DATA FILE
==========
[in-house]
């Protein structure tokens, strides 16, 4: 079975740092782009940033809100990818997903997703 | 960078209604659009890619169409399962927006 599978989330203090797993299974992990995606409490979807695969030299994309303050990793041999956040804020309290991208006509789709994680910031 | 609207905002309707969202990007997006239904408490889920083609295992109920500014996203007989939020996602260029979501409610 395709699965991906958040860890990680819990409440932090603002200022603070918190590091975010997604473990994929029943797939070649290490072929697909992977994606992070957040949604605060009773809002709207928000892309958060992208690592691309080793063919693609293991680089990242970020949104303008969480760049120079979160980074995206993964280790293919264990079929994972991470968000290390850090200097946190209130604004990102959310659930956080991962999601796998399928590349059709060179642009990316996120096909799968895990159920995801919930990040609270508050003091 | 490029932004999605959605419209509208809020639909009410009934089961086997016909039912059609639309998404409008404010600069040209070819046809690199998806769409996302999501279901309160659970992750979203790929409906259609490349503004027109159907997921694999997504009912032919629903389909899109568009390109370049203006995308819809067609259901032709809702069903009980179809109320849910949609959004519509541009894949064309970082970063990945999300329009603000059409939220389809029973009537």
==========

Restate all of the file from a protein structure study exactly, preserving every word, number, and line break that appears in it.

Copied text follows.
[in-house]
């Protein structure tokens, strides 16, 4: 079975740092782009940033809100990818997903997703 | 960078209604659009890619169409399962927006 599978989330203090797993299974992990995606409490979807695969030299994309303050990793041999956040804020309290991208006509789709994680910031 | 609207905002309707969202990007997006239904408490889920083609295992109920500014996203007989939020996602260029979501409610 395709699965991906958040860890990680819990409440932090603002200022603070918190590091975010997604473990994929029943797939070649290490072929697909992977994606992070957040949604605060009773809002709207928000892309958060992208690592691309080793063919693609293991680089990242970020949104303008969480760049120079979160980074995206993964280790293919264990079929994972991470968000290390850090200097946190209130604004990102959310659930956080991962999601796998399928590349059709060179642009990316996120096909799968895990159920995801919930990040609270508050003091 | 490029932004999605959605419209509208809020639909009410009934089961086997016909039912059609639309998404409008404010600069040209070819046809690199998806769409996302999501279901309160659970992750979203790929409906259609490349503004027109159907997921694999997504009912032919629903389909899109568009390109370049203006995308819809067609259901032709809702069903009980179809109320849910949609959004519509541009894949064309970082970063990945999300329009603000059409939220389809029973009537």